Ritesh Pothan, Senior Vice President, Sorpius Trackers – one of leading solar tracking solutions company – shared his views on Indian Rooftop Solar sector’s growth scenario and challenges faced by the sector along with an insight on key trends. Excerpts. .
What is your say on India achieving 40GW of rooftop solar installations by 2022 looking at the current growth scenario in the segment?
This is an ambitious number given that a year earlier the target was 20GW by 2020 in total for both ground and roof. The current infrastructure and incentives is not build in such a way that it would benefit residential user to drive solar consumption. The solar growth in rooftops has been confined to Industrial and Commercial largely due to the RESCO players in the market. The sum total of rooftop RESCO has been much below 500MW for the last year.
The distributed nature of the execution and supply makes this a both a difficult and lucrative space for small suppliers in the 1KWp – 50 KWp space creating many more employment opportunities than large scale plants would entail. The latest tender by SECI has seen a lot of enthusiasm in the RESCO and CAPEX space, but how much of that can be translated into real projects is a very large question mark given the poor success of past bids.
The recent delisting of a very large section of MNRE partners is a case in point that proves the will and the effort needed has to increase exponentially for the market to reach 40 GW. Also per capita energy consumption in India is amongst the lowest in the world making this number further tougher to meet.
The small residential segment (1-5 KWp) requires a substantially higher Feed In Tariff coupled coupled with quicker payout subsidies initially is needed across states for residents to understand the viability and ROI of installing solar on roofs, given that pricing and system costs are highest at these system sizes. With states providing 24 hour electricity Solar is now looked up more as a luxury than a necessity unlike 5 years ago.
In spite of policy support and incentives from the centre and state governments, the segment has witnessed a slower growth than expected. In your views, what is the need of the hour – Policy modifications or Proper implementation of policies – to boost the pace of growth in rooftop segment?
Policy modification tied with quicker and cleaner implementation of policies is the need of the hour, given that SECI in the past has provided subsidies for rooftops but system integrators have failed to develop the incentives into projects due to uncertainty in subsidy delivery. The uncertainty of the subsidy payout coupled with the greed of the integrator has spell doom for the residential sector with early adopters disappointed with shoddy implementations and lackadaisical O&M. Cities and towns across India are delivering lower power from installations due to tremendous pollution issues.
The narrowing of subsidies to smaller sizes was needed however quality standards and audit mechanisms to ensure efficient delivery is severely lacking. Focus needs to be on quality benchmarks with end to end management of systems making it a no brainer for residential, industrial and commercial use.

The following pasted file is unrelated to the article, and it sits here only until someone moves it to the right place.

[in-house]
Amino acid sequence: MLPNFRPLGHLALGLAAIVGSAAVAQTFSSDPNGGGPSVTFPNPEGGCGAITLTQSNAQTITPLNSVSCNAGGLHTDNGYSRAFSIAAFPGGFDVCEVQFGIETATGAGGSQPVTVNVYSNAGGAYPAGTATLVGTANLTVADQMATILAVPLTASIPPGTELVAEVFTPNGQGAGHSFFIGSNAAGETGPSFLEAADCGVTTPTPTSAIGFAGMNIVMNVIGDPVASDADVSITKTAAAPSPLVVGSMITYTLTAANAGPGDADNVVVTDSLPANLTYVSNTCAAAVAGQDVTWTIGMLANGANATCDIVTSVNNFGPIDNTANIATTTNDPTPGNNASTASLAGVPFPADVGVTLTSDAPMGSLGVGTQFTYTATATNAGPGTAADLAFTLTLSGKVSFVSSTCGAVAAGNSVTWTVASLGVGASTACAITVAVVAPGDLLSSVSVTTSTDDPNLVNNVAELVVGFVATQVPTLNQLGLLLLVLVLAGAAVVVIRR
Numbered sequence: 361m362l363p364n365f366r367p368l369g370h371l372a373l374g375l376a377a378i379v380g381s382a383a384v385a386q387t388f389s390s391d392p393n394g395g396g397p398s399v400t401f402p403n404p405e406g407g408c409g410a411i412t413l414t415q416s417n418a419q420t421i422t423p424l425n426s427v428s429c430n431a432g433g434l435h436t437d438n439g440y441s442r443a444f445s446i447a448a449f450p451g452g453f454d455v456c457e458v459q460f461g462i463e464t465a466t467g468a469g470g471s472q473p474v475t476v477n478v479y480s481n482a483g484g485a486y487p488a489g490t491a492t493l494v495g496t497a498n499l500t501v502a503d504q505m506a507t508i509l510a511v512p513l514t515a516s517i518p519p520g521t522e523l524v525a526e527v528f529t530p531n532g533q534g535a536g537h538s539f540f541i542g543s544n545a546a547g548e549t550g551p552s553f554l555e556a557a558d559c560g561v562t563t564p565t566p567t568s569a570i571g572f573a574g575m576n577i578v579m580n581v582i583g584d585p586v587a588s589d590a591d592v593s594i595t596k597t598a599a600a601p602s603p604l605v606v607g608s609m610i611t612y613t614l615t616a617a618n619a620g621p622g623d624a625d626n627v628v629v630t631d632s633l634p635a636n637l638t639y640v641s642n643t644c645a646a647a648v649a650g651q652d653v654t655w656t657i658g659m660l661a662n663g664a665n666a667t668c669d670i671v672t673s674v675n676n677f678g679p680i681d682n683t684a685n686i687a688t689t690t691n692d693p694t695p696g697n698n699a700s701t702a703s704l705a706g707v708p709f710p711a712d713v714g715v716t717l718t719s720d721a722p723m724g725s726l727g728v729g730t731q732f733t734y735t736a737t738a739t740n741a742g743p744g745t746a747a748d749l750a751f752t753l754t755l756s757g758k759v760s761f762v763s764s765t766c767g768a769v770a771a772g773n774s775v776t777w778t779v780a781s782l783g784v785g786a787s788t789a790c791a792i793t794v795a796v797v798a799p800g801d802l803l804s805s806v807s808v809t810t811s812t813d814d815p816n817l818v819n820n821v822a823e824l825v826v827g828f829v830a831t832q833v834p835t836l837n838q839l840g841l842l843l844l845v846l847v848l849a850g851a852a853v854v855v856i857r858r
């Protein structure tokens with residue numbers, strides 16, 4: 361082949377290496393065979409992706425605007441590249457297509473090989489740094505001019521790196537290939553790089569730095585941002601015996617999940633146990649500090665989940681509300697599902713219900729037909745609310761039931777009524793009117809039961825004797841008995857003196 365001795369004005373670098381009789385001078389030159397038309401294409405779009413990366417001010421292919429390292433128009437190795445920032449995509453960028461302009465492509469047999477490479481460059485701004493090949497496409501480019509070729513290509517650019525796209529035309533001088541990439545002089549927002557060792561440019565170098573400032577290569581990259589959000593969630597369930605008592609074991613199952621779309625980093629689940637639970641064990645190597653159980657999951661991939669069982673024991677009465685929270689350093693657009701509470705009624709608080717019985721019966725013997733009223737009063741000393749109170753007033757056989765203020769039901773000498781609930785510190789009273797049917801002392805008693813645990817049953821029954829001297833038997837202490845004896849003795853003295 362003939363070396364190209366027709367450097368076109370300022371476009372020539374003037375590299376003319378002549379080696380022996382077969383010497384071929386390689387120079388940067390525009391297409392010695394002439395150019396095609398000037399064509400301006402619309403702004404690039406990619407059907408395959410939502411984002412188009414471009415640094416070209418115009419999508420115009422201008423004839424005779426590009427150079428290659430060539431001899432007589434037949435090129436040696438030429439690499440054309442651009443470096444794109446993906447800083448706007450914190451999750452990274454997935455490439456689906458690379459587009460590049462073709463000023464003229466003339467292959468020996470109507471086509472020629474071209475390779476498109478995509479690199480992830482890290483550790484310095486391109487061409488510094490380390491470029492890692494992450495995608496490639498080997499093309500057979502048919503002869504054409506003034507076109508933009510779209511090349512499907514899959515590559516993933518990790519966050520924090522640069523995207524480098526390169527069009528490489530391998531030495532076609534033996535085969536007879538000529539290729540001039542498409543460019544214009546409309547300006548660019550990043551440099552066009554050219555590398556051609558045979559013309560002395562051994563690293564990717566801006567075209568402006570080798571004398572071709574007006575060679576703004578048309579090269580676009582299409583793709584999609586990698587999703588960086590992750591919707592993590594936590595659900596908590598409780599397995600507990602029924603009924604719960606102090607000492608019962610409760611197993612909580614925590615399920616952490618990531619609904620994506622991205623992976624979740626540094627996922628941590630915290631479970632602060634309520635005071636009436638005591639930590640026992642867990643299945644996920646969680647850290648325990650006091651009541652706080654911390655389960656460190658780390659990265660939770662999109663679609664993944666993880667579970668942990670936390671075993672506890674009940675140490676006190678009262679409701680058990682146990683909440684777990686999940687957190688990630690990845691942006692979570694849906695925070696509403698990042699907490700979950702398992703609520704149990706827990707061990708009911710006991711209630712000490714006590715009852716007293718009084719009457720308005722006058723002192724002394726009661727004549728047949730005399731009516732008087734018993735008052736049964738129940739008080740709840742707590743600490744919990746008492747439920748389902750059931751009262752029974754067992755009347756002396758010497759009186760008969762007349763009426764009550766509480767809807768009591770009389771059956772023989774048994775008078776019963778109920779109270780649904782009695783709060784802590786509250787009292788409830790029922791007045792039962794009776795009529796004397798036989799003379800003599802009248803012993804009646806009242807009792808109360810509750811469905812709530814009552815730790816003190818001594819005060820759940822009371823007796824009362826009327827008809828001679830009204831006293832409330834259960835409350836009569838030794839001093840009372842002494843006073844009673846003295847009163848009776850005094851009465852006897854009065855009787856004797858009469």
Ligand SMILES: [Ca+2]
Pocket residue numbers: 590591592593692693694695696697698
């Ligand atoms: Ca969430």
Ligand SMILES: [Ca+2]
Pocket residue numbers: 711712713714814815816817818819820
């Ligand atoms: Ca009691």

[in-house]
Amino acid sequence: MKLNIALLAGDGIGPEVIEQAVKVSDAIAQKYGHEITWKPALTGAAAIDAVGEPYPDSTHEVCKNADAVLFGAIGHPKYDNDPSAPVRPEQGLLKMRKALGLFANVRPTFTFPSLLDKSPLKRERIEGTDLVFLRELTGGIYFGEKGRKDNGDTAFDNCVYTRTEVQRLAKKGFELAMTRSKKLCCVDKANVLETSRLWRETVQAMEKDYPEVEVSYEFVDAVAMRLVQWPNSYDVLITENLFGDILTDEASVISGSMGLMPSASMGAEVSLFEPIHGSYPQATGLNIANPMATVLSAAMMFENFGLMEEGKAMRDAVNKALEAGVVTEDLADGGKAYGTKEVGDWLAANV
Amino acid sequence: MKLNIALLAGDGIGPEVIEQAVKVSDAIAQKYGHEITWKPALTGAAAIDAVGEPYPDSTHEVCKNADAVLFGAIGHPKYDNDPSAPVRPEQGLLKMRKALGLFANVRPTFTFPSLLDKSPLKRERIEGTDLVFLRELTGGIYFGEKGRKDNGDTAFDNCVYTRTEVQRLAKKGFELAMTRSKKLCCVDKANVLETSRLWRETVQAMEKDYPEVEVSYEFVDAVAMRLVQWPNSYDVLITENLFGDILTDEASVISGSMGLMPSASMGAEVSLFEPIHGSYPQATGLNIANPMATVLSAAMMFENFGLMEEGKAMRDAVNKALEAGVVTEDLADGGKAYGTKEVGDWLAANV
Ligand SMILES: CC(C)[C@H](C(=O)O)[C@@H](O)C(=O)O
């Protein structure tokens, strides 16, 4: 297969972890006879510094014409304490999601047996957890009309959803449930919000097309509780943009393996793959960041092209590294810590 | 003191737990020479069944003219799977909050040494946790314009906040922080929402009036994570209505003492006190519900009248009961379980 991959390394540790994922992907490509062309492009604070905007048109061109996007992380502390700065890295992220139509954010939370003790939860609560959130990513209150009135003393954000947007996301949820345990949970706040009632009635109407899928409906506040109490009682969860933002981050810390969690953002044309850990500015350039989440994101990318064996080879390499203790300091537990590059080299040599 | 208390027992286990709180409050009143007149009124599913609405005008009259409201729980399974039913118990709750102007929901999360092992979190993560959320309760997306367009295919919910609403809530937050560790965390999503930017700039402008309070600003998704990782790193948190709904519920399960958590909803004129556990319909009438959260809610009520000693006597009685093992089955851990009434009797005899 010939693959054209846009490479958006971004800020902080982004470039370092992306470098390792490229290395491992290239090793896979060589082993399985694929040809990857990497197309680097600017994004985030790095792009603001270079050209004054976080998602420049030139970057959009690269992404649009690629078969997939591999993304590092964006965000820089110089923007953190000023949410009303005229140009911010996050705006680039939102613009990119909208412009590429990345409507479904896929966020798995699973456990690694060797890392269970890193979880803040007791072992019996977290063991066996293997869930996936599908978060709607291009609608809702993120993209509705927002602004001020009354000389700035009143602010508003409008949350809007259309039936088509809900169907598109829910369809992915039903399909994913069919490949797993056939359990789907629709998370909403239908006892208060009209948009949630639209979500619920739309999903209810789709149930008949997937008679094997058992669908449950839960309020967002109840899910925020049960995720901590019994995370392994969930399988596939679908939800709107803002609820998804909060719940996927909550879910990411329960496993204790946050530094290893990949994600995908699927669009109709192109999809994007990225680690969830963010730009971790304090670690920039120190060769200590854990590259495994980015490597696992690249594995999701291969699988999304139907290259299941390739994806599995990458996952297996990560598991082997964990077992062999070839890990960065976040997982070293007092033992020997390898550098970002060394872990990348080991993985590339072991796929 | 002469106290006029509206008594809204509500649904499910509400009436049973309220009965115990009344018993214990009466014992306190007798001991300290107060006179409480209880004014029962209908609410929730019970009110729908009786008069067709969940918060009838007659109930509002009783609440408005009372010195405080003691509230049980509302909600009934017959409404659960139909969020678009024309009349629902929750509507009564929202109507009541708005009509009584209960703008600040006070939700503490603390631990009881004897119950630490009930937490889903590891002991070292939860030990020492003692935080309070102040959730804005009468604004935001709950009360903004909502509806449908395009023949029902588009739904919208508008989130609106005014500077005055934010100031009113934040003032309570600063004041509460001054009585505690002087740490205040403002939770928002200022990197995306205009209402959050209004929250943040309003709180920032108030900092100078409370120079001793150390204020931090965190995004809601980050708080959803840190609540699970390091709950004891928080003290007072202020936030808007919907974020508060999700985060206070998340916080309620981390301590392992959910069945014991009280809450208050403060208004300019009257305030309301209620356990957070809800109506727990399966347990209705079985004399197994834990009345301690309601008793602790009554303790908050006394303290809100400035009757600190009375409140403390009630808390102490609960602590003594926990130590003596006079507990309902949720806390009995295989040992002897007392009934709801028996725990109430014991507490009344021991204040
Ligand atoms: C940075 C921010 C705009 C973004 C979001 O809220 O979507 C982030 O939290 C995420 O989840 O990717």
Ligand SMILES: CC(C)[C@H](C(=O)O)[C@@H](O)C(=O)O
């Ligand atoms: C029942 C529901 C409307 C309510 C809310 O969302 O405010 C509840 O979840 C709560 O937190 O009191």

What are some of the key challenges faced by the sector that are impeding the targeted segment growth? What course of action would you suggest to overcome these challenges?
The major challenges that we see in this segment are tremendous quality and over pricing for residential customers especially. Online marketplaces do alleviate the issue to an extent by providing tremendous information but not everyone is savvy enough to exploit the available resources. They are also not aware if the installed system pose a fire hazard or health hazard with unsafe technology and installation methods being used by uncertified installers with little to no real understanding of the hazards of a badly designed system Net metering issues are also an impediment to the fledgling residential sector who see a tremendous amount of effort in initializing their systems with the DISCOM.
These will result in a number of opportunities in the space which can be used to deliver more jobs and boost the local economy as well.
What new and emerging business opportunities do you see in the rooftop solar segment in India and how do you see the segment evolving ahead?
Quality focused System Integrators Rating’s: The integrators should be rated based on independent Thrid party audits conducted on behalf of MNRE to rank the generation and quality components based on certain criteria. And not just turnover based
Process based O&M services with SLAs: Given the difficult O&M management issues for rooftop, dedicated agencies have mushroomed that focus in specializing on rooftop O&M in a large way. This will continue to be the trend and a lucrative market is out there for the taking
Audit of Installed Systems by Third Party made mandatory by the DISCOM: DISCOMs should also independently audit the installed systems to give a further local quality rating as well as develop relationships with SI’s who would.
Quality Product Listing: Independent Agencies and Labs should correlate actual performance data from various SI’s to deliver statistical data that can quantify the various failure and efficiencies various components in the market
Transparent Pricing: Standardized pricing driven by local agencies as well as government agencies n Quality Audits: MNRE should create a certification body that delivers a set of parameter in quality, safety and fire to ensure that each SI complies with these standards to ensure that no risk to life incidents take place.
The need for specialised O&M players, easy to install commoditised solutions, transparent pricing providers, single window net metering clearance, Quality Auditors, BIS Standards, System Optimization will increase as installations grow.